This of trade restrictions Would generate a persistent

This situation continues to hold so long as there NO change in demand and/or supply schedule(s) of the currency under consideration. Controlled Rate and Equilibrium: Rate of exchange may be chosen arbitrarily and prevented from responding to market forces by means of official regulation and control. However, such a rate may not be in equilibrium. How to judge whether it is in an equilibrium rate or not? The answer lies in finding out whether this is hiding a ‘fundamental equilibrium’ (that is, an inconsistency) between domestic and foreign cost-price levels. A fundamental disequilibrium is indicated if: i.

Removal of ‘exchange control’ (regulating payments in foreign exchange), and/or ii. Removal of trade restrictions Would generate a persistent tendency of a deficit (or a surplus) balance of payments. Stability of Exchange Rate: An exchange rate is said to be stable if, with given demand and supply schedules of the home currency in exchange markets, it has no tendency to change. In other words, stability or otherwise of the exchange rate of a currency is determined by the nature of its demand and supply schedules.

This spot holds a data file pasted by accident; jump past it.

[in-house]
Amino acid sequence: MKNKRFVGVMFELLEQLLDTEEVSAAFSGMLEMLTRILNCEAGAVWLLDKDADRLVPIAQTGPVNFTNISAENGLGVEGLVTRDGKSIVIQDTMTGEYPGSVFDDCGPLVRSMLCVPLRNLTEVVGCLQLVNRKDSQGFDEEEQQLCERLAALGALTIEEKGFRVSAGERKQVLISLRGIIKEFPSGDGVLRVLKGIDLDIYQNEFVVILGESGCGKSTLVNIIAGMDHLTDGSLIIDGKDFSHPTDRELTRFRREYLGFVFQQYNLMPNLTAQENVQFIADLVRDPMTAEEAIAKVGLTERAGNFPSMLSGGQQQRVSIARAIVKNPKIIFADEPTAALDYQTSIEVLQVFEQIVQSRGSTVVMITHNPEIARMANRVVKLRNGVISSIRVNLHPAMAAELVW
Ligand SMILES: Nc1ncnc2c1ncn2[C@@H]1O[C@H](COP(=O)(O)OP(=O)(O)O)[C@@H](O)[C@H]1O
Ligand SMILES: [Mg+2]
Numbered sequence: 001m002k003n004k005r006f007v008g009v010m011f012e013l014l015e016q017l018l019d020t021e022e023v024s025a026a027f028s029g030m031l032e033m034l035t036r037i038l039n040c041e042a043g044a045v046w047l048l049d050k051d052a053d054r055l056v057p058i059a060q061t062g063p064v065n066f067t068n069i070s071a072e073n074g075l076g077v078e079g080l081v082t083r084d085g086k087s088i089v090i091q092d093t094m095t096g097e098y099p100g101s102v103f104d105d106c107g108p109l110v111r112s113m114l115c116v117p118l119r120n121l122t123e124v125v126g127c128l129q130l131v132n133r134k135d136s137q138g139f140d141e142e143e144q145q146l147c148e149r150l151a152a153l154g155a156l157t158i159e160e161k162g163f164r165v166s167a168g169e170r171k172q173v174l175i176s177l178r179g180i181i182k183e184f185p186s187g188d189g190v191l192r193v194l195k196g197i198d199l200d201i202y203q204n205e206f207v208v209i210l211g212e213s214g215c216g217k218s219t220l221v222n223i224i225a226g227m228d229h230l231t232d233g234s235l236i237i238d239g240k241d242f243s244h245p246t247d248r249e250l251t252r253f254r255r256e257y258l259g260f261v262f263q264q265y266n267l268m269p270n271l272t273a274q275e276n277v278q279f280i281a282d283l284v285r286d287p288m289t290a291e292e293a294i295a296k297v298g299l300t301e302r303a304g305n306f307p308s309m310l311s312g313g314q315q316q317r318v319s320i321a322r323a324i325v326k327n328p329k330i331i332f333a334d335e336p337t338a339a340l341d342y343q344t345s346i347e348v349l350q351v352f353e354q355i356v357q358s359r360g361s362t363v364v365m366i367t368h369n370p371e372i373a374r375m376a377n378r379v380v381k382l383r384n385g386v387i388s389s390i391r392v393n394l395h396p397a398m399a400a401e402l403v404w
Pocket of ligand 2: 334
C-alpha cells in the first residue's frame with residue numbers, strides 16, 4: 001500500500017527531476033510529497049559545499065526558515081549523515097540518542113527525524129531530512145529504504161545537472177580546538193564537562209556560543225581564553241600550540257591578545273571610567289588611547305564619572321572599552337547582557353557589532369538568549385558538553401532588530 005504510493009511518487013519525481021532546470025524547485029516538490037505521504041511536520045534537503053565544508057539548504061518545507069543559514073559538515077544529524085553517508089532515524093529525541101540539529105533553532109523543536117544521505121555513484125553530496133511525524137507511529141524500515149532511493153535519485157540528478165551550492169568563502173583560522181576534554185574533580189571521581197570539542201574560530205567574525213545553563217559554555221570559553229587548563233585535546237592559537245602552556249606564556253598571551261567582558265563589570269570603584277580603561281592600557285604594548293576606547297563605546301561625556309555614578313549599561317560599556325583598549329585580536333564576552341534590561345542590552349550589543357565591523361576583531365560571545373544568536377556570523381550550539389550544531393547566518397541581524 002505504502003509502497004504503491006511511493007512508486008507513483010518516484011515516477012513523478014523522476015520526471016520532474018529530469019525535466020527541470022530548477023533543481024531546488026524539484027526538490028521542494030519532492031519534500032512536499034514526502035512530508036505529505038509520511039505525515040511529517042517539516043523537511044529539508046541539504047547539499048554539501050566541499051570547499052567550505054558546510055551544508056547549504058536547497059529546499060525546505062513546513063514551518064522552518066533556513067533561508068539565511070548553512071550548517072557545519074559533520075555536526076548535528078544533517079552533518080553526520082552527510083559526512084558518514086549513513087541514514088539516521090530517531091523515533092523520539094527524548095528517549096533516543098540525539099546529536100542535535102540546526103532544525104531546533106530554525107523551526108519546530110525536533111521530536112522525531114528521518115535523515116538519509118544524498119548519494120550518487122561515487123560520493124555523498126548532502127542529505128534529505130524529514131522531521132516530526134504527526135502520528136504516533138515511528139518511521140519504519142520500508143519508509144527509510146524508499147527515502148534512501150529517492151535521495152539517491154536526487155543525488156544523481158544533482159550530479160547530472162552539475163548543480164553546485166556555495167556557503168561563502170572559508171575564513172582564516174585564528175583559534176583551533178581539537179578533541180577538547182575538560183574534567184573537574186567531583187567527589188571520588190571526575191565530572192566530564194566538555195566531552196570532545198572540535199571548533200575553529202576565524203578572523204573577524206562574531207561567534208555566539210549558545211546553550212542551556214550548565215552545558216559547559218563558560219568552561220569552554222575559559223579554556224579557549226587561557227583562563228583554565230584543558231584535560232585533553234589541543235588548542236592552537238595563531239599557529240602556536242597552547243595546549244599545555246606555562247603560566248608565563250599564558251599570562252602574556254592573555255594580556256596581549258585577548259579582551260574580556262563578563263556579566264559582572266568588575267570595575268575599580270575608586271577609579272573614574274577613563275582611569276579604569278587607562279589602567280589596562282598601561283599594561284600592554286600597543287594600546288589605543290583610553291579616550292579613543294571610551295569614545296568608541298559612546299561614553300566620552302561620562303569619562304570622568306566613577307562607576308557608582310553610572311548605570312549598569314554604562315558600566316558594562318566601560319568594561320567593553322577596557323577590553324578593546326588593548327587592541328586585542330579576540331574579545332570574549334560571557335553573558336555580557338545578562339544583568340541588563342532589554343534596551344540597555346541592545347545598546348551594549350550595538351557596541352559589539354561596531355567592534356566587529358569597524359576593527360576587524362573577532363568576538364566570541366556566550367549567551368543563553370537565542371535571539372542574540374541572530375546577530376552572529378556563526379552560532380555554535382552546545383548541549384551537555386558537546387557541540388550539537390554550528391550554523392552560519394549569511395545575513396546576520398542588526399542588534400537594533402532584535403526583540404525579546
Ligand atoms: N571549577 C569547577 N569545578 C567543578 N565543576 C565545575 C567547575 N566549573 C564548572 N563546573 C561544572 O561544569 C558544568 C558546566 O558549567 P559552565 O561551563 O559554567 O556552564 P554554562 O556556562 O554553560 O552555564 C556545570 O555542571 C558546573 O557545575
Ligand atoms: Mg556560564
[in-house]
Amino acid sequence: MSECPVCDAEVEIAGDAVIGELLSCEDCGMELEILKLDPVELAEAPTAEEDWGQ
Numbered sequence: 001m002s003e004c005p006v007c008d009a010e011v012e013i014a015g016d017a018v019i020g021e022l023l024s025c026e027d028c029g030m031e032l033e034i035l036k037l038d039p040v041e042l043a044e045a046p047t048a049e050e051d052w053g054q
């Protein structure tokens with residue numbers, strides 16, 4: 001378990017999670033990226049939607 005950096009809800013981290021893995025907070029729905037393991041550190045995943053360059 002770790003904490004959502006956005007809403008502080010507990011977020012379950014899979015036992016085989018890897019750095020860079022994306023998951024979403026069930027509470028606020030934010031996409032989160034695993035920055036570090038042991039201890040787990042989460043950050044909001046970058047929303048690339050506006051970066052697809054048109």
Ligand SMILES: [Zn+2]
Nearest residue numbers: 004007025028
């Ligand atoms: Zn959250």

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The demand curve for Rupees is assumed to be inversely related to its exchange rate; thus giving us a negatively sloped demand curve. i. If the supply schedule is positively related to the exchange rate, then the equilibrium is necessarily a stable one. With reference to the point of intersection between demand and supply curves, the demand curve must be above (below) the supply curve to the left (right) of this point. ii. If the supply curve is downward sloping, the equilibrium will be stable if the demand is more elastic than supply (that is, the demand curve is flatter than the supply curve). An exchange rate lower than OA makes the rupee so cheap that demand for rupees exceeds’ their supply, and this pushes the exchange rate upwards. Similarly, a rate higher than OA is a self-correcting one.

iii. The demand curve for rupees is less elastic than the supply curve. Here, a fall in external value of the Rupee below OA leads to an excess of its supply over its demand and pushes the exchange rate further down. Correspondingly, an increase in the external value of the Rupee above OA leads to an excess of its demand over its supply and pushes the exchange rate further up.


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